It might have been the swinging sixties, but on board most airlines the ladies walking the aisles were wearing the same air force inspired uniforms as stewardesses 30 years earlier. However, this was a time when flying was supposed to be fun and elegant (passengers didn’t wear sweatsuits – they actually dressed up for a flight).  Braniff International Airways came up with a radically fashionable solution to the stewardess style dilemma.  They hired a rising Italian design talent named…Emilio Pucci.


Emilio Pucci


Emilio Pucci had an eclectic life that made him an icon of his time.  Born into a noble family, Pucci’s experience with airplanes came from his role as a pilot during WWII. He was also an Olympic skier and was discovered by the fashion world when the famous photographer Toni Frisell noticed his style on the slopes of St. Moritz.  Pucci’s first boutique was on Capri and the second in Rome. Both became destinations of the international jet set.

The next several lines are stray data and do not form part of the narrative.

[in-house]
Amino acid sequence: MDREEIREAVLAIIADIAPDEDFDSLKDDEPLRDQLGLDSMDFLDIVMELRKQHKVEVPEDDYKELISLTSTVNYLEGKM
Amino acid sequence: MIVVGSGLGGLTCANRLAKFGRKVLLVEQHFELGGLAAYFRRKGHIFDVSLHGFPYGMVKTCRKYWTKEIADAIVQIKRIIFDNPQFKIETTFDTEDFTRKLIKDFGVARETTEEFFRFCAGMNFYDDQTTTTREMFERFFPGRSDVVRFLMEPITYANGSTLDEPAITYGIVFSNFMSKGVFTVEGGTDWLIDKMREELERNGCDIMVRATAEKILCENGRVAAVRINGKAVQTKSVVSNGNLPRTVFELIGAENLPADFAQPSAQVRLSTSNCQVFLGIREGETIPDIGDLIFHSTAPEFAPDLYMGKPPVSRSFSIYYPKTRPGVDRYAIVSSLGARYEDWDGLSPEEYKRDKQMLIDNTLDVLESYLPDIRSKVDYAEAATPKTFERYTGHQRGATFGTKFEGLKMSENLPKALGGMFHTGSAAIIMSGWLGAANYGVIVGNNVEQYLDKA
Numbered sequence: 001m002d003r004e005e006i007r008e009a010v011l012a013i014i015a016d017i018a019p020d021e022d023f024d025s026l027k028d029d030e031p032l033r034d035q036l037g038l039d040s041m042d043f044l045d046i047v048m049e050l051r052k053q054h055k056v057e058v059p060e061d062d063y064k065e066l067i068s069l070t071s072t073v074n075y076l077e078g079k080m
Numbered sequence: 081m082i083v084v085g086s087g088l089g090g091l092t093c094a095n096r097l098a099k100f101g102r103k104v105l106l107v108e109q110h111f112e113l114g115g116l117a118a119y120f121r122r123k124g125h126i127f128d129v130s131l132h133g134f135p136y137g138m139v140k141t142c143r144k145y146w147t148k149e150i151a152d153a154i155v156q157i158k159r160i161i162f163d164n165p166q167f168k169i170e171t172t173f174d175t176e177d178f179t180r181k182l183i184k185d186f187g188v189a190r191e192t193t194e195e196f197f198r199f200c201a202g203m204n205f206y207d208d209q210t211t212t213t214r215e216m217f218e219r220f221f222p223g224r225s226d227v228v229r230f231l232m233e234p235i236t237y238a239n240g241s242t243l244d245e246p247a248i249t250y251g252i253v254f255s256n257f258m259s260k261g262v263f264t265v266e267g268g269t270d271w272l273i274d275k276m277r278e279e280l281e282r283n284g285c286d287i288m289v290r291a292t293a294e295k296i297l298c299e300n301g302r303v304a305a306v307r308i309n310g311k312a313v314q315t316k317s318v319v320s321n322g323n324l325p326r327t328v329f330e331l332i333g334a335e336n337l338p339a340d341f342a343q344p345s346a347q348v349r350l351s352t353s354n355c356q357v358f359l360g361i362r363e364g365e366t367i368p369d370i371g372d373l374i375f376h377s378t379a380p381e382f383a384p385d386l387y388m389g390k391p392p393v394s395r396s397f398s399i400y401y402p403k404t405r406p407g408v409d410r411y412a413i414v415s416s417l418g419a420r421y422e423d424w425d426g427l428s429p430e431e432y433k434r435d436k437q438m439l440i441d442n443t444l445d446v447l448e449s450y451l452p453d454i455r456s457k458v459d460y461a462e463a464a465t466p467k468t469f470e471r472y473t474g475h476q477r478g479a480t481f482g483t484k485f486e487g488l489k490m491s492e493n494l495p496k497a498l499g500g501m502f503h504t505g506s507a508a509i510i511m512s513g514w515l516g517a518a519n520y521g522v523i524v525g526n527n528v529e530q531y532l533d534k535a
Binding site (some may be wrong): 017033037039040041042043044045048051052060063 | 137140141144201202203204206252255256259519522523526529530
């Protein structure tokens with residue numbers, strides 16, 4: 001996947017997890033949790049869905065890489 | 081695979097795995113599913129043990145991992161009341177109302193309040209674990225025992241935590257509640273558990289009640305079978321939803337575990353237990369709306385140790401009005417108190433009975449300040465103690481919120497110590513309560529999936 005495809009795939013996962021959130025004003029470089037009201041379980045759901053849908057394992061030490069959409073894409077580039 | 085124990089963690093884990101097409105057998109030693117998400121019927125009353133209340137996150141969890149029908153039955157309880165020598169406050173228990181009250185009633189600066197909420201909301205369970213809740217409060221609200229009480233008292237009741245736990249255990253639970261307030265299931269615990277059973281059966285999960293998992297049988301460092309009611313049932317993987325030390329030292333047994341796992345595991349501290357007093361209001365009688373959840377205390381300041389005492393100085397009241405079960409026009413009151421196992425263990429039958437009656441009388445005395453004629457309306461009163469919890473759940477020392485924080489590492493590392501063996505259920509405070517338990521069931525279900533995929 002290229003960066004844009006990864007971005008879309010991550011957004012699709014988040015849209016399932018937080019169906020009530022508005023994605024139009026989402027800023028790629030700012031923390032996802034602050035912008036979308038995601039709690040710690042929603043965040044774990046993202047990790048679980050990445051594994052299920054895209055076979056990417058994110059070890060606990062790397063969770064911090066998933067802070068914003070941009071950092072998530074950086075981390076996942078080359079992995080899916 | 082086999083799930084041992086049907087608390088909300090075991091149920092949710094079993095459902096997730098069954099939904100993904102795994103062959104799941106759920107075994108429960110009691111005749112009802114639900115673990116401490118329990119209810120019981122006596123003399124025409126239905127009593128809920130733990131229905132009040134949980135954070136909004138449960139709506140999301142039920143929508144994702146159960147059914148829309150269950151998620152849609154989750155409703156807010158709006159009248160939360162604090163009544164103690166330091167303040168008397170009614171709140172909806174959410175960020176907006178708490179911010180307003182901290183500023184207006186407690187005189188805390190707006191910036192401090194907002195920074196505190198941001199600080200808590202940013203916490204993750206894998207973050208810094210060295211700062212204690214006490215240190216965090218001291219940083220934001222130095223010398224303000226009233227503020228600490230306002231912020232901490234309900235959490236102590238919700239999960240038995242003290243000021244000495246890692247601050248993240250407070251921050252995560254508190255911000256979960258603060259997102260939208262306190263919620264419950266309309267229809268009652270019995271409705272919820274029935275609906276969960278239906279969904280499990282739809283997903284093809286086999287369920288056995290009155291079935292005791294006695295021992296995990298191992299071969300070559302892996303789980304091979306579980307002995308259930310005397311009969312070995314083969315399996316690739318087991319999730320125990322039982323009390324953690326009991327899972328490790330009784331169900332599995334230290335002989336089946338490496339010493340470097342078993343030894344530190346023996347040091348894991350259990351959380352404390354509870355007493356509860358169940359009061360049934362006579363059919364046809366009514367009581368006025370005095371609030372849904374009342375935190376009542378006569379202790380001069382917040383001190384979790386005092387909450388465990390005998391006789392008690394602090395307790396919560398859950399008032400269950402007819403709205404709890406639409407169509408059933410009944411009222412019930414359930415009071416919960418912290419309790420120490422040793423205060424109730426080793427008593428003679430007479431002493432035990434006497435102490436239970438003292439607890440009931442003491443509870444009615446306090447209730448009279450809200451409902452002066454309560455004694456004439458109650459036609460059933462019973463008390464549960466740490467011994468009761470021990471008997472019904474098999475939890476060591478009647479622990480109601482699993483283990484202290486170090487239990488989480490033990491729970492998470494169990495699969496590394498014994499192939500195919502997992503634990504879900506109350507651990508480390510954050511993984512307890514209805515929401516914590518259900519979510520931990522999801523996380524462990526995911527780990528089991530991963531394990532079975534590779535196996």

Braniff International hostesses

Braniff International Airways Hostesses


Pucci’s new outfits were not only vibrant and fun, but also more practical. They were composed of multiple layers so that hostesses could change according to the weather just by adding or removing a layer of the dress. The one exception to this was the space bubble helmet meant to protect a stewardess’ hairstyle.  While it was stylish and innovative like the rest of the collection, it wasn’t very practical and Braniff stopped using it just one month after it was launched.


Pucci Helmet

The short-lived space bubble helmet


Pucci’s work was launched with a provocative ad campaign called “The Air-Strip” that played on the beauty of the hostesses.  The print ads included slogans such as “Does your wife know you’re flying with us?”


air strip ad

The famous air-strip ad


Emilio Pucci’s bright colors (his color palette includes over 400 colors) and geometric shapes redefined the image of the airline hostess. Her presence made a Braniff Airlines experience feel a bit like being on the streets of Paris or Capri.  Unfortunately, the colorful charm Pucci brought to travel is now missing in today’s monotone suitcases and long travel lines.

Braniff International ad

Braniff International Airways' dressed by Pucci